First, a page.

the immodesty of the golden globes (no no, not the dresses)
If you follow movie or pop culture you may have noticed that last Sunday night was home to the 71st annual Golden Globe awards, a place for the Hollywood Foreign Press to vote on the best films and TV shows of the year and the elite of Hollywood get to gather together and congratulate themselves on a year’s work done well. It’s a multi-million dollar party that is bathed in extravagance and attended by the top of the entertainment A-listers.
If you follow the Mormon blogosphere you may have noticed that on Monday LDSliving.com put up this gem as a response to the ceremonies.
From the opening paragraph:
“Most celebrities probably aren’t the best people to emulate”
Wow. That’s a pretty sweeping statement to make right out of the gate there LDS Living. Let’s first consider that the Golden Globes are an awards show that does not reward celebrity status; they reward the people who worked very hard in their professional fields of writing, directing, composing, and acting. But I guess actors/craftsmen and celebrity are all considered one big demographic in the article.
We are then treated to pictures of “celebrities” who wore what LDS Living considered “modest” or at least mostly modest. Please remember, these people are not members of the church, but they are being held to that standard anyways. So that’s like me going to a symphony and blaming the orchestra for having poor choreography. Celebrities are generally terrible people but sometimes even they can surprise us by doing something moral.
Interestingly enough, after just accusing Hollywood of being not so great role models to follow and then praising them just based on what they chose to wear, they did not pay much attention to why they were there in the first place. Their examples of modesty included actors from American Horror Story, Top of the Lake, Breaking Bad, and of course the most modest show ever produced, Masters of Sex. Shows I don’t think anyone at LDS Living would be quick to endorse.
Take note: inspiration does not come from personal success, because that is not what’s being endorsed, only from what you choose to wear in public. LDS Living didn’t even feature Emma Watson, someone who presented at the awards ceremony and is a well-known proponent of modesty. You can see Emma’s quote here in an article posted by…LDS Living. But I guess because she wore a backless dress, it’s irrelevant.
I’m slightly embarrassed I even have to ask, is it too much to ask we celebrate Jenifer Lawrence for her talents and pro-body messages instead of fantasizing about what her dress would look like if she were wearing garments?
If we are going to apply our Mormon modesty goggles to the golden globes in the first place, how do we miss the grand extravagance of the ceremony itself? Millions of dollars are spent self-congratulating a billion dollar industry. As the year continues, many other extravagant award ceremonies will follow suit. Critiquing these events based on something as trivial as dresses fails to miss the greater act of immodesty—the awards themselves. Picking something as trivial as dresses and failing to miss the greater act of immodesty is failing to see the forest through the scantily clad trees! It’s a level of superficial scrutiny I would expect from E! and not a website promoting what I believe to the world.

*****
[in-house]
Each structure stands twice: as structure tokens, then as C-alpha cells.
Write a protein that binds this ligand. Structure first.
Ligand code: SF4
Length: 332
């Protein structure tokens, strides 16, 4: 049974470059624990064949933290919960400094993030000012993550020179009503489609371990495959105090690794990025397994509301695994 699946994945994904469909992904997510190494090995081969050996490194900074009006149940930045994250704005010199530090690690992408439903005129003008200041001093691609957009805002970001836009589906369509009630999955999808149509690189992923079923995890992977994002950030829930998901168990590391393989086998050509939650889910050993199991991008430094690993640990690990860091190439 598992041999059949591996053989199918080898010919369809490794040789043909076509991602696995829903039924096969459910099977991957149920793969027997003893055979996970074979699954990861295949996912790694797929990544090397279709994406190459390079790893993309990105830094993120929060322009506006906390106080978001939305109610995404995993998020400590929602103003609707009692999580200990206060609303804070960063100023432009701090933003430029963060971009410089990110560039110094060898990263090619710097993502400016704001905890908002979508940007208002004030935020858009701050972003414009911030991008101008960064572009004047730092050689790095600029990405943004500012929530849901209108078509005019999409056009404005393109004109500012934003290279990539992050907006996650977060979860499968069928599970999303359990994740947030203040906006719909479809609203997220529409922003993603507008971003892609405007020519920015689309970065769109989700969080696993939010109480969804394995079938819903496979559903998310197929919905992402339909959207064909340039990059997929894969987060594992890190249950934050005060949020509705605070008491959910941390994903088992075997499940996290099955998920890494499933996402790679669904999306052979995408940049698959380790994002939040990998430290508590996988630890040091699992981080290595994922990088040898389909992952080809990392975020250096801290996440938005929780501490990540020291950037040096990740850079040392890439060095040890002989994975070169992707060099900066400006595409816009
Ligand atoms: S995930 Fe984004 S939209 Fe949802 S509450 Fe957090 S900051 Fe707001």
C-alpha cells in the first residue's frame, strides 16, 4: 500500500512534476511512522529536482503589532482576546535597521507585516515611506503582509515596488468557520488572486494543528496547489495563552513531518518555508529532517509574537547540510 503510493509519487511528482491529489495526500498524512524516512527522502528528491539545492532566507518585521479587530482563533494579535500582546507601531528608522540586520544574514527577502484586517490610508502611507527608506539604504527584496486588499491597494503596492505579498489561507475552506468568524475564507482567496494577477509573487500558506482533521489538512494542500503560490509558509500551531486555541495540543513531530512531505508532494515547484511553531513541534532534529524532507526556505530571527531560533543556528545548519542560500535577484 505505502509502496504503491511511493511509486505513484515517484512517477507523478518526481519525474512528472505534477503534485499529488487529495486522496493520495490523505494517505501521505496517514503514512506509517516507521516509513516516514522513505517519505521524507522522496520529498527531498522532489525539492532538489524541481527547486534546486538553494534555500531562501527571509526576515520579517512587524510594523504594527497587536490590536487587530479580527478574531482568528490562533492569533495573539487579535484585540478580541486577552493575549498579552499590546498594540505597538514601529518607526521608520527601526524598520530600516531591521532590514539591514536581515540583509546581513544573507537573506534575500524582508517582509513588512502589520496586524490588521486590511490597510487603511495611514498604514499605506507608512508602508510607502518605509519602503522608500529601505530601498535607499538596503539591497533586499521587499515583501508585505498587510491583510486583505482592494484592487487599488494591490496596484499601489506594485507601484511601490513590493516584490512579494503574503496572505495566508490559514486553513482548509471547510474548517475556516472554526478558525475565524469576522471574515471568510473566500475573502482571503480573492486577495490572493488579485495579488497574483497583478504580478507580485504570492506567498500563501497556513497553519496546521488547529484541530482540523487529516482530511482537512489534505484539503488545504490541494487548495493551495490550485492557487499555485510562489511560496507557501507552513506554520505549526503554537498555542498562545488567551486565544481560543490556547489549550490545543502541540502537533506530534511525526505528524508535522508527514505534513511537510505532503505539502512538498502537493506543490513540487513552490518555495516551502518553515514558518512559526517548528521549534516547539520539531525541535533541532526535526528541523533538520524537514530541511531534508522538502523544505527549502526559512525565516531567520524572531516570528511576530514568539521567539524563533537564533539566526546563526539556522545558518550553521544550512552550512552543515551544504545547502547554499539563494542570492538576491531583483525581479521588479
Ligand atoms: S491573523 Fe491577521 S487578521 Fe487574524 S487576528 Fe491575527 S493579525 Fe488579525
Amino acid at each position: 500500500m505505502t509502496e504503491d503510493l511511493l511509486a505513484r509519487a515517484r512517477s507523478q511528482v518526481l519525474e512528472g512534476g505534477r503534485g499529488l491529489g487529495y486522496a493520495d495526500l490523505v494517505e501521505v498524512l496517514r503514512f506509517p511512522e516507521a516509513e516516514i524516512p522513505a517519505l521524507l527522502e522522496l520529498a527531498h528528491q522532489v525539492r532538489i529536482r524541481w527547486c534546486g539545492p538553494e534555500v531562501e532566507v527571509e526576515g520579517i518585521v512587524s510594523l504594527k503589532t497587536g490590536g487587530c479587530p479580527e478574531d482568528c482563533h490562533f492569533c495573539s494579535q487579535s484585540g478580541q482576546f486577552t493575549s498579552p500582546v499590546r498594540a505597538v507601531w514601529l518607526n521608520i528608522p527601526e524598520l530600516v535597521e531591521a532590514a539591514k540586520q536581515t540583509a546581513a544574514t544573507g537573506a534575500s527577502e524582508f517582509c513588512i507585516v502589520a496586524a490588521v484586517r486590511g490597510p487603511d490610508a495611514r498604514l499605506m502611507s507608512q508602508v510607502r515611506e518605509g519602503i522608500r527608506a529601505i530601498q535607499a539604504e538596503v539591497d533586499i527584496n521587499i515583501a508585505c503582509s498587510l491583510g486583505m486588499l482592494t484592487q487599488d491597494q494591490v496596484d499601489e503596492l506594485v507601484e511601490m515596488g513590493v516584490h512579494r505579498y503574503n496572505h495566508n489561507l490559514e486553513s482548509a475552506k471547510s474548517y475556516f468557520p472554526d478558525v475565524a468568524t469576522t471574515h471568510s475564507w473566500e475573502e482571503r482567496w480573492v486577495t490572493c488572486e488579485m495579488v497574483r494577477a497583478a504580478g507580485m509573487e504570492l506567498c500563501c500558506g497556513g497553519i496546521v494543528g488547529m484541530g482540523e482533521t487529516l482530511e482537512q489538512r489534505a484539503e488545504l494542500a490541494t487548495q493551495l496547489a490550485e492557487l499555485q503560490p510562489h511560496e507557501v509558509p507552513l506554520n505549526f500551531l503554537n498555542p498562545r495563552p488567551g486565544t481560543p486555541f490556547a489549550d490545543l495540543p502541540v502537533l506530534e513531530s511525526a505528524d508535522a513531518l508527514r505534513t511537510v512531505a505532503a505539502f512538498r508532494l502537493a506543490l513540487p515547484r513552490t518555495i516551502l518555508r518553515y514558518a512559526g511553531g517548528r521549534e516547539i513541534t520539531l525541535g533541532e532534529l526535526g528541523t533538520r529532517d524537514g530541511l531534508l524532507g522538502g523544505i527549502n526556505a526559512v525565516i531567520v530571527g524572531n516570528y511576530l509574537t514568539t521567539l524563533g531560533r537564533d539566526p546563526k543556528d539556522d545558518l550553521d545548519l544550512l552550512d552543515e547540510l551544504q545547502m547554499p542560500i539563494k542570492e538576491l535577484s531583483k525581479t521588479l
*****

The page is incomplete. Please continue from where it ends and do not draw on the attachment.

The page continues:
But I guess that’s what modesty has become. All the conversation is dominated by what women should and should not be wearing while the attitude of immodesty is ignored. It’s become the lone hand raised in Sunday school to remind us all about immodest attitudes and actions after the class has torn apart every tank top and knee-length skirt.
One Response to “the immodesty of the golden globes (no no, not the dresses)”
I agree with you-to a certain point. The awards themselves aren’t that self-congratulatory, I’ve voted on them before while I was in that industry and the others in the voting pool agree, we judge that ish without bias. I didn’t vote for my own film because there were better films in that category, and that’s mostly how it works. The ceremony, however, is RIDONK. The ceremony has very little to do with the actual awards, as it presents a very small portion of them, and a very small portion of the jobs within the industry.
To put it simply: would you call a Women’s SBA Awards self-congratulatory? That’s women voting for women. This is artists voting for artists, let’s stop being completely disparaging simply because it’s high profile, I thought we were beyond that.